Why hasn't Ben Simmons played for Sixers? His foot may not be fully healed

Ben Simmons
Sixers rookie Ben Simmons.

NEW ORLEANS - Now we have a better idea why Ben Simmons hasn't played yet for the 76ers.

The first overall pick in the draft last summer is scheduled to visit the Hospital for Special Surgery in New York next Thursday to determine if his right foot is fully healed, according to several sources.

Sources said that a CT scan on Jan. 23 showed that his foot was not fully healed.

Simmons suffered a Jones fracture of the fifth metatarsal in his right foot on Sept. 30, the final day of training camp. The January doctor's visit revealed that an inside portion of the bone was not fully mended, according to sources.

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Sixers president Bryan Colangelo addressed the report on Thursday.

"We continue to monitor the recovery of Ben's injury and are employing a conservative and thoughtful approach to his rehabilitative program, basing his return to full basketball activity on the advice and direction of medical professionals," Colangelo said in a statement. "His next CT scan is scheduled for February 23, after which our medical team will thoroughly review and evaluate his status moving forward. Ben's long-term health remains our primary concern."

Sources said in October that the injury would sideline Simmons for only about three months, in which case he would have returned around January.

A source reiterated that the lack of full healing is not a result of the on-court drills in which Simmons participates. However, the Sixers have held him out of five-on-five scrimmages for fear of further injuring the foot.

The Sixers have said that they wanted him to participate in four to five scrimmages before he plays. But only 26 games remain in the season. So if the doctor isn't comfortable about where Simmons is in the healing process, his ability to scrimmage would most likely be further delayed.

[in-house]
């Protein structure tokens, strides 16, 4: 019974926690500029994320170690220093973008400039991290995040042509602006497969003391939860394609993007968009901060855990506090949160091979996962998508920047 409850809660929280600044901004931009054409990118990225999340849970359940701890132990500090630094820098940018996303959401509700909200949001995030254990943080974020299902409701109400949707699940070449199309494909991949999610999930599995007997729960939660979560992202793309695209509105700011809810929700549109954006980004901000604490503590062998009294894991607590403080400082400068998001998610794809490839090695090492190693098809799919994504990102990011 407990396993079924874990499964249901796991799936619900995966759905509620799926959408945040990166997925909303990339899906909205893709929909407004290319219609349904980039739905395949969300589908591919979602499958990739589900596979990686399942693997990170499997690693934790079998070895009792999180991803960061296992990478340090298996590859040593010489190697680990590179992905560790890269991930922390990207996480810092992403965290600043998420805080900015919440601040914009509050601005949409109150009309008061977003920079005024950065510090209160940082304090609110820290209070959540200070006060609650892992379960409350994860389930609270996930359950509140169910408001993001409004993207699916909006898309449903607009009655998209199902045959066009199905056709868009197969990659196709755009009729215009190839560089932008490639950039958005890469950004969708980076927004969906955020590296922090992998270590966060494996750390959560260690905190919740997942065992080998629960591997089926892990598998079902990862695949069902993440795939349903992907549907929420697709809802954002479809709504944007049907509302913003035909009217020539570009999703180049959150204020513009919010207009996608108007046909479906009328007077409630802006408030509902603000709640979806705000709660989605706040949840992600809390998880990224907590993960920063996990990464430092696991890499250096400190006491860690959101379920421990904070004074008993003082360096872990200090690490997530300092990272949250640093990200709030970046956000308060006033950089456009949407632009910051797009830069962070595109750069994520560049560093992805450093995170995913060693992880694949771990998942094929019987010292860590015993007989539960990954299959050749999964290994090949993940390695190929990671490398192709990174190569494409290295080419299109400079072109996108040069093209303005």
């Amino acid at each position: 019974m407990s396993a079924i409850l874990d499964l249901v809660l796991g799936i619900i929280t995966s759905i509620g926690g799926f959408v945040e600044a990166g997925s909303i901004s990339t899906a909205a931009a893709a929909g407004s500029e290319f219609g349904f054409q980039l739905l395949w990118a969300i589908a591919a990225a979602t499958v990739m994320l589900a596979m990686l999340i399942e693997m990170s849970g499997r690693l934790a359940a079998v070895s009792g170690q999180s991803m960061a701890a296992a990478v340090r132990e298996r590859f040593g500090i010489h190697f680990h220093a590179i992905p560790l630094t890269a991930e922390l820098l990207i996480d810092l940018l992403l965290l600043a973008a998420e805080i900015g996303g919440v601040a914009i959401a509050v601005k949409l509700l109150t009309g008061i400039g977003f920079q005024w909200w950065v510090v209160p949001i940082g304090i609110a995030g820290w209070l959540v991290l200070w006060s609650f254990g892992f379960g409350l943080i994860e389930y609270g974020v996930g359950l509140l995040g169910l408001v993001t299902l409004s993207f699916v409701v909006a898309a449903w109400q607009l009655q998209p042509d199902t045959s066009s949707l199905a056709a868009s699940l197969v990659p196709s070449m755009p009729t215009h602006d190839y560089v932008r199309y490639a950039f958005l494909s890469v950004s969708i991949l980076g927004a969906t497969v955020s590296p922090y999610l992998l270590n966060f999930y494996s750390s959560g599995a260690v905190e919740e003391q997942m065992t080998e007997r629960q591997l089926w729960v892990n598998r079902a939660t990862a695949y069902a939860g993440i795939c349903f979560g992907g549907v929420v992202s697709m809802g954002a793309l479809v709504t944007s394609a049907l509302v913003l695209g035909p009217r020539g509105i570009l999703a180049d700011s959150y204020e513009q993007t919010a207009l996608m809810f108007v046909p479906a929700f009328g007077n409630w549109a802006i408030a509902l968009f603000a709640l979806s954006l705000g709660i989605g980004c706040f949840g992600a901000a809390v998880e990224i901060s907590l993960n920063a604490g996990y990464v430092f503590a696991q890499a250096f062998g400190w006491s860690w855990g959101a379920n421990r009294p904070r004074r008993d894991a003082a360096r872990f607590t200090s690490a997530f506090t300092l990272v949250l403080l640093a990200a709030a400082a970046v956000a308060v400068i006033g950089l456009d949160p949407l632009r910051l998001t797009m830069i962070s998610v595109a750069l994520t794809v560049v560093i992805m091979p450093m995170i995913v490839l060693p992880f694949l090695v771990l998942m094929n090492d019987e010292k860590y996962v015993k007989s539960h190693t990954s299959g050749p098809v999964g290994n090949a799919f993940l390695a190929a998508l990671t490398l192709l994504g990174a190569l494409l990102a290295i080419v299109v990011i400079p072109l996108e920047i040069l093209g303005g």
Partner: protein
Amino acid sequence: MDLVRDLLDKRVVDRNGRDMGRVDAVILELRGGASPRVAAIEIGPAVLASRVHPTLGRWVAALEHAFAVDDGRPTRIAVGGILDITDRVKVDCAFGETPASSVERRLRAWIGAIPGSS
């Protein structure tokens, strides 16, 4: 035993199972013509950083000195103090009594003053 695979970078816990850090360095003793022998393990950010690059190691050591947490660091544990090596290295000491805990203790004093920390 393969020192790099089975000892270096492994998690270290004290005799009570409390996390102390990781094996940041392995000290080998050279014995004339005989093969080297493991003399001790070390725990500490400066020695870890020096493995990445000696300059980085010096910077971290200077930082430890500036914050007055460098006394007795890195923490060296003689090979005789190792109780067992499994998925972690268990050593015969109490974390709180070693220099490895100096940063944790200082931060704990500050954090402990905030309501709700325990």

At that point, the Sixers might decide that it's not worth playing him this season because of the possibility that he'll reinjure the foot. With a Jones fracture, there's a higher probability of refracturing the bone compared with a Zone 1 fracture, also known as an avulsion or "chip" fracture.

Cameron Payne may be a prime example of someone rushing back too fast from a Jones fracture. The Oklahoma City guard suffered an acute fracture of the fifth metatarsal in his right foot in September. The fracture was not related to the stress fracture Payne suffered during the season. But it makes you wonder whether he came back too soon from surgery July 25 to repair a Jones fracture.

Kevin Durant is another example. A Jones fracture was diagnosed in his right foot before the start of the 2014-15 season. He made his debut on Dec. 2, 2014, after missing the first 17 games of the season.

He missed time later in December after injuring his ankle. Then he sprained his left big toe in January. In late February 2015 he was sidelined after having a minor procedure to help reduce pain and discomfort in his surgically repaired foot. In March, after having played in just 27 games, he was ruled out the rest of the season after deciding to undergo foot surgery.

Simmons would join Nerlens Noel and Joel Embiid as recent Sixers players to miss their entire rookie seasons with injuries if he remains sidelined.

Noel missed the 2013-14 season to rehabilitate an anterior cruciate ligament tear in his left knee. Embiid was sidelined in both the 2014-15 and 2015-16 seasons because of surgeries to repair the navicular bone in his right foot.

kpompey@phillynews.com

@PompeyOnSixers

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